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Thy Neighbor's Portfolio: Word-of-Mouth Effects in the Holdings and Trades of Money Managers





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    • Hong is from Princeton University, Kubik is from Syracuse University, and Stein is from both Harvard University and the National Bureau of Economic Research. Thanks to the National Science Foundation for research support, and to Rebecca Brunson and Ravi Pillai for research assistance. We are also grateful for comments and suggestions from Julian Abdey, Malcolm Baker, Gene D'Avolio, Chip Fortson, Rick Green, Rafael LaPorta, Karl Lins, Burton Malkiel, Anna Scherbina, Andrei Shleifer, Jeff Wurgler, and the referee, as well as from seminar participants at Harvard Business School, Boston College, the University of Texas, New York University, Columbia, Northwestern, Maryland, the University of Southern California, Penn State, Syracuse, and the Western Finance Association meetings.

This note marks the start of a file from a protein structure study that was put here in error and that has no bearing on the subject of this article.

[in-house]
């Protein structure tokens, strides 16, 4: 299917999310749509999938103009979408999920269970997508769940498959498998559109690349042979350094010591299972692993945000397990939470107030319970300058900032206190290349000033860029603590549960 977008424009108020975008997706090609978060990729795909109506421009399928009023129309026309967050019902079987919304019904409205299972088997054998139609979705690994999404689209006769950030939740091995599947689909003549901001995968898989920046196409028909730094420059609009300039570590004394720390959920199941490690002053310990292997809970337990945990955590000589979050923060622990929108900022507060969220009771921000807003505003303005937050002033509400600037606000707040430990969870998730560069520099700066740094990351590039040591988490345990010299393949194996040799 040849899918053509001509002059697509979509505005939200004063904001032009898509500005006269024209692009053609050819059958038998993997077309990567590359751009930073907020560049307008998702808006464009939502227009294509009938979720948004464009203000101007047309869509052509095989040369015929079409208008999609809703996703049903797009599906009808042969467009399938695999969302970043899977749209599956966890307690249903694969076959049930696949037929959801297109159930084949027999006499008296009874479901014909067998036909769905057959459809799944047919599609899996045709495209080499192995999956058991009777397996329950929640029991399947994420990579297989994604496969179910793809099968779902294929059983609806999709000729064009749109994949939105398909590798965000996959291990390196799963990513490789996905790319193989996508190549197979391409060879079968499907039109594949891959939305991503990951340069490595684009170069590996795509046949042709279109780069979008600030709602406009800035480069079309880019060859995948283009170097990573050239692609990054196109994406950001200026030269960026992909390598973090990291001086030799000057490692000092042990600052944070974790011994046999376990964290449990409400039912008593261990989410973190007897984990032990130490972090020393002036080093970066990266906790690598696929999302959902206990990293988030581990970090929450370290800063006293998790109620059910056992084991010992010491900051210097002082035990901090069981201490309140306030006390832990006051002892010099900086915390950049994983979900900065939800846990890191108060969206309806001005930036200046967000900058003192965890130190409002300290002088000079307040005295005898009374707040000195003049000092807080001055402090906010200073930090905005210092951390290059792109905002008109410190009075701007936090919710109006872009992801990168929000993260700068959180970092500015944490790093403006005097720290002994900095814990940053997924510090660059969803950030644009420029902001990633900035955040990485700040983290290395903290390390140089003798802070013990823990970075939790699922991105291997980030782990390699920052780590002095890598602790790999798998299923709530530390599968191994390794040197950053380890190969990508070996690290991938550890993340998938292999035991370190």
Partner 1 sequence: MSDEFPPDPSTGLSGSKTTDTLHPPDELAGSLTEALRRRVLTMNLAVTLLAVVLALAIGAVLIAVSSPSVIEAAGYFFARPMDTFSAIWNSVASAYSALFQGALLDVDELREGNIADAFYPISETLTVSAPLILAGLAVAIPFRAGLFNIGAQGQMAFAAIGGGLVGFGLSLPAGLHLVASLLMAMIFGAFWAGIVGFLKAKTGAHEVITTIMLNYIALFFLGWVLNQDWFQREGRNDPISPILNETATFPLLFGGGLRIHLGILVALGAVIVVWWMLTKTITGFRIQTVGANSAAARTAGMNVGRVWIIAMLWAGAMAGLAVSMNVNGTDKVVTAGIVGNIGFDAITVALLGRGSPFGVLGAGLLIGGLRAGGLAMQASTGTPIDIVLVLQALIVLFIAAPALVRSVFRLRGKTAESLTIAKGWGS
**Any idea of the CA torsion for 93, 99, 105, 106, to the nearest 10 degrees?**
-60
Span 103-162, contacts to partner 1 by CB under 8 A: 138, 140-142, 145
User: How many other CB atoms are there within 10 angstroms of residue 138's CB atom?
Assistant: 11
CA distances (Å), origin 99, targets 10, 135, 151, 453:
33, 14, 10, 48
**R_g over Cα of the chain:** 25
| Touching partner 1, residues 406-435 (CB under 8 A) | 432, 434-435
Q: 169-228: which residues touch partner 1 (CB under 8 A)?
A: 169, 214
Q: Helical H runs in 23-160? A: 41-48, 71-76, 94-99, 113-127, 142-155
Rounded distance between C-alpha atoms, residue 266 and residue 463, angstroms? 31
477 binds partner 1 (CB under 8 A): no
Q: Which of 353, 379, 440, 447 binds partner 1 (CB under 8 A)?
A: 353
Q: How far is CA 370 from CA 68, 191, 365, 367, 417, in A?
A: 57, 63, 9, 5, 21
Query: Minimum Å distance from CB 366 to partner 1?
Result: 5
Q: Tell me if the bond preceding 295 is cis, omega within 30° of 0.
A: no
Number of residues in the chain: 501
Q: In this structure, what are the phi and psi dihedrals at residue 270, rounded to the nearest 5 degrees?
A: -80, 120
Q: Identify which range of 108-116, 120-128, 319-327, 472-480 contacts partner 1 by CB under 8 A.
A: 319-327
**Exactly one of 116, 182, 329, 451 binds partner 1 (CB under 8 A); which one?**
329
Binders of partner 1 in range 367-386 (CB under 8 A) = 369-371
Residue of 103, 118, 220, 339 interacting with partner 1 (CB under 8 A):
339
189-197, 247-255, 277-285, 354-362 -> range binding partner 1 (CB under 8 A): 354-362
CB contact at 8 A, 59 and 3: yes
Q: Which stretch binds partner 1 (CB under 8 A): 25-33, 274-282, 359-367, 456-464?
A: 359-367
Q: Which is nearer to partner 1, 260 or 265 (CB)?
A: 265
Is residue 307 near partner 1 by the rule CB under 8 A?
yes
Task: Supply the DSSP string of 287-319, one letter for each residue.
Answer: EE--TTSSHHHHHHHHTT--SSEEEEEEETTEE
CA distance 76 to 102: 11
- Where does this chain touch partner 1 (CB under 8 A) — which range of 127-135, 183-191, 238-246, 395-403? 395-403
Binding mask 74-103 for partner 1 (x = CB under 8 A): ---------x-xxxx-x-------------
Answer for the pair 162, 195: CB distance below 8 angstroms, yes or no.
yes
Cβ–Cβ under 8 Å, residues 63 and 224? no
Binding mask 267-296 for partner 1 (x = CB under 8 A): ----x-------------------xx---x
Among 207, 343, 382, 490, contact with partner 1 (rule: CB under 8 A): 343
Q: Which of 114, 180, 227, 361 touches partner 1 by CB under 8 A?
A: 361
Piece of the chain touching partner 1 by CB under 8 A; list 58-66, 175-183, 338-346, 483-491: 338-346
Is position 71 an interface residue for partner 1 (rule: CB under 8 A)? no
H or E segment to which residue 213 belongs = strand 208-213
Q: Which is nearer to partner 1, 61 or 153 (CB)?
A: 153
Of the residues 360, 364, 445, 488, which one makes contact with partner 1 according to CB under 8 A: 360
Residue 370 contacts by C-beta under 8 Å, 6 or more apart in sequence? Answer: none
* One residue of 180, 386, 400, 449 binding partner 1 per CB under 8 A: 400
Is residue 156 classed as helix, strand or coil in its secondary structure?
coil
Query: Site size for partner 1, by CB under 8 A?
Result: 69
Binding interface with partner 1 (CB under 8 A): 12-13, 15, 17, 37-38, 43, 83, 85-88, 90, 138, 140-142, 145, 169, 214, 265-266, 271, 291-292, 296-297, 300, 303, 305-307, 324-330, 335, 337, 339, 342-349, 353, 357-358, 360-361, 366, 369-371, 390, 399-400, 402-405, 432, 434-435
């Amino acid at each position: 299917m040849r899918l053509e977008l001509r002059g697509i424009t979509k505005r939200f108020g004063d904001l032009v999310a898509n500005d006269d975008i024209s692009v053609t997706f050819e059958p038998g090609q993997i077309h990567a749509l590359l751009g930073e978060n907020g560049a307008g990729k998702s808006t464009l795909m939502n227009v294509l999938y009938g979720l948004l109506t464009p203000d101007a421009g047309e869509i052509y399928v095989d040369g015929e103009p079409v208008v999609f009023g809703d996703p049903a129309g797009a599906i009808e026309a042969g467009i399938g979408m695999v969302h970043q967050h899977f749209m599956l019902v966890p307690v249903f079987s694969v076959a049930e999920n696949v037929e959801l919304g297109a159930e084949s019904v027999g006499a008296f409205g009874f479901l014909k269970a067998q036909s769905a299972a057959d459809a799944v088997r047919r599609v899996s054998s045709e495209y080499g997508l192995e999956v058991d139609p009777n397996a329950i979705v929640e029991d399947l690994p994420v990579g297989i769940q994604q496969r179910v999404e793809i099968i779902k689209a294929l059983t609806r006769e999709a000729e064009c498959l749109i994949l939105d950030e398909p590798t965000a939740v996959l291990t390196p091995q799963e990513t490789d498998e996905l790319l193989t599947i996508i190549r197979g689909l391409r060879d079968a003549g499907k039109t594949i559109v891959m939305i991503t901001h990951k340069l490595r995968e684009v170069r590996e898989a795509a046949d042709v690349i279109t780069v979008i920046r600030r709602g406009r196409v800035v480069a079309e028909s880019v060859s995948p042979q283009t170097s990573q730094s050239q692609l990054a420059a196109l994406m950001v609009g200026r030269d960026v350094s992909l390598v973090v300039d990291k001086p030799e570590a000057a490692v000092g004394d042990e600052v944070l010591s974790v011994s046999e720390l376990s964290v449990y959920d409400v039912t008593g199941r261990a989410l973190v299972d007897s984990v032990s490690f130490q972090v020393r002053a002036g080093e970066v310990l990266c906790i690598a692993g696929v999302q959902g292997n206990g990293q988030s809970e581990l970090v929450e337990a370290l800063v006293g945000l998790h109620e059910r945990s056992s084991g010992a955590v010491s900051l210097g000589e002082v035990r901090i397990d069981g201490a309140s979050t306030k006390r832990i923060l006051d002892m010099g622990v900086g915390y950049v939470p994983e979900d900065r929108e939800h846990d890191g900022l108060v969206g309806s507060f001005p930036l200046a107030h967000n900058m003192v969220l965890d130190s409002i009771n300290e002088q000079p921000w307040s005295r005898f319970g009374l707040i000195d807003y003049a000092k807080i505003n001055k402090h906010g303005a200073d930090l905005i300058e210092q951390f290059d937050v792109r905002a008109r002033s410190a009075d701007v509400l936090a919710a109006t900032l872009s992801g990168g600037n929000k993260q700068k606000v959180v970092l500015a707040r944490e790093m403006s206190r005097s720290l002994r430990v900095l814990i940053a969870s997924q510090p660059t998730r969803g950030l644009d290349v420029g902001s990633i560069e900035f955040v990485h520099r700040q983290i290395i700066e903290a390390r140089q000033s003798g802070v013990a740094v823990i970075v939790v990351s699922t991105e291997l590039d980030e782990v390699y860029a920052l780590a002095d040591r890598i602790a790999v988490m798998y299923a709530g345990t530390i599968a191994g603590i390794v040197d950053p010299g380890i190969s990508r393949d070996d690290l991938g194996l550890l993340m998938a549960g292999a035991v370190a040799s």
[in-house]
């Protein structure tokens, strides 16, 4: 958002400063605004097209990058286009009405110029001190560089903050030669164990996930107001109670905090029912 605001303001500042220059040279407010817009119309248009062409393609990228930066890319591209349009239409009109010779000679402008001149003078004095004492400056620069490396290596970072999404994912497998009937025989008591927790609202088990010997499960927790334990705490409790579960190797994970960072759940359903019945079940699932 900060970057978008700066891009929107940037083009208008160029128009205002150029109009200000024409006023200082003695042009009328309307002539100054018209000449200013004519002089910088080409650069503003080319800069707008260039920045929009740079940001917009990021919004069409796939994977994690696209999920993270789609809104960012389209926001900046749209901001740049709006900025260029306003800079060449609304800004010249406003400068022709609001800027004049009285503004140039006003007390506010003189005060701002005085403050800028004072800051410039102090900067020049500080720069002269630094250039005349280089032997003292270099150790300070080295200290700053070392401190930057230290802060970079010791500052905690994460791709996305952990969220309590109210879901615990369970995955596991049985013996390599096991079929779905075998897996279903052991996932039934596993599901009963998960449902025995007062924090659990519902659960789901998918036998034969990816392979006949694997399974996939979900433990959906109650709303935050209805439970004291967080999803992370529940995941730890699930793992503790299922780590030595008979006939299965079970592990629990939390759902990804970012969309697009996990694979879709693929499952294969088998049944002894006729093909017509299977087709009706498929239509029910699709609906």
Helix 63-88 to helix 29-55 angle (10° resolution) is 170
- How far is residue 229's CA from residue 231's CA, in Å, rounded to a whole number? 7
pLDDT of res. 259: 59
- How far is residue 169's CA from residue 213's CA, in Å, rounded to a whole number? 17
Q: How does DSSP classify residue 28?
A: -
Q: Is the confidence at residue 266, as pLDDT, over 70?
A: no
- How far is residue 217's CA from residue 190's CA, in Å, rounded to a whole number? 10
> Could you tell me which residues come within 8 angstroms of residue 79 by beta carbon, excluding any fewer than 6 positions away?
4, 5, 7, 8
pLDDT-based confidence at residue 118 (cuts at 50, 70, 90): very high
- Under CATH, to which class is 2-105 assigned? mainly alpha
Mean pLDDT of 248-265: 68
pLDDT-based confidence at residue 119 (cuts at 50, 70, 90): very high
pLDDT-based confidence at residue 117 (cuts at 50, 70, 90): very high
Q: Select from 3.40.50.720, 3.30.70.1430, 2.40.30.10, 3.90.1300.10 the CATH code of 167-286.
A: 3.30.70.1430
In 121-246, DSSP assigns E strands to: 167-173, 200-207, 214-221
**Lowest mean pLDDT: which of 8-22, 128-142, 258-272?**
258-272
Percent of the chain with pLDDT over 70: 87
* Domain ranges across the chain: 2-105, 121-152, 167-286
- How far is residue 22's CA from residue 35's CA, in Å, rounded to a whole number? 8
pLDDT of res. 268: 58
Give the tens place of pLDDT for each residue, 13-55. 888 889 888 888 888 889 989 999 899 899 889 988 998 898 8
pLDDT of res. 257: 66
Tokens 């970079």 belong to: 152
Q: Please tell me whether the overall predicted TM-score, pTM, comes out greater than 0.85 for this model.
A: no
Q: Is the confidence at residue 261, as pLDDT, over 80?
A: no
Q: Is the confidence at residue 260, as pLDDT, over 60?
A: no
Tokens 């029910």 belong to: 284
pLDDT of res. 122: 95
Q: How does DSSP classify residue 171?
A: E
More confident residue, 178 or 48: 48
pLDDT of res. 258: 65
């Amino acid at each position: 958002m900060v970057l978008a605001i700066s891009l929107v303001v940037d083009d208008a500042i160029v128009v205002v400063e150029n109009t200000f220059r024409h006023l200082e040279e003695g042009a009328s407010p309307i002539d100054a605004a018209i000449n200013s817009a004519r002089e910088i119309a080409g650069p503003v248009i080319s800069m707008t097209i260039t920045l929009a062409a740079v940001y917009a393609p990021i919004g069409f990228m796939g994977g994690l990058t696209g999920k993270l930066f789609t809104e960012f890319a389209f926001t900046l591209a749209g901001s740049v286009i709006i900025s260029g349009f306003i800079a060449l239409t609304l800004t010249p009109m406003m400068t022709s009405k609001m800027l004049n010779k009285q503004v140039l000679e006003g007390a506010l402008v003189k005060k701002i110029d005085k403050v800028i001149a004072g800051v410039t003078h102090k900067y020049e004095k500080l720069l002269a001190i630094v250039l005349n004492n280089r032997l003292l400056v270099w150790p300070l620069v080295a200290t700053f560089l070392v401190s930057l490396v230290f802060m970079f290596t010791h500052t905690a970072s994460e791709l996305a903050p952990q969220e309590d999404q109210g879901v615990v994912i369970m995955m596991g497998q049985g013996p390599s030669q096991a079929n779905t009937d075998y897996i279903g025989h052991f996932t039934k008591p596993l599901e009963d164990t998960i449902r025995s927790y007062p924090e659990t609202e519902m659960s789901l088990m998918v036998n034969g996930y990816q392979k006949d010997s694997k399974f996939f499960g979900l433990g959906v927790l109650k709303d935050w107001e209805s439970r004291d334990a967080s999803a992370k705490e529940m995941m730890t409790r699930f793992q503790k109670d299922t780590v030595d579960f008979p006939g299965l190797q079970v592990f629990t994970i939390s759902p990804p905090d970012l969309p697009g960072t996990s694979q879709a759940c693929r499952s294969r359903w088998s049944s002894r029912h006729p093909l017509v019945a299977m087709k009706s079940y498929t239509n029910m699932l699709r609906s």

A mutual fund manager is more likely to buy (or sell) a particular stock in any quarter if other managers in the same city are buying (or selling) that same stock. This pattern shows up even when the fund manager and the stock in question are located far apart, so it is distinct from anything having to do with local preference. The evidence can be interpreted in terms of an epidemic model in which investors spread information about stocks to one another by word of mouth.

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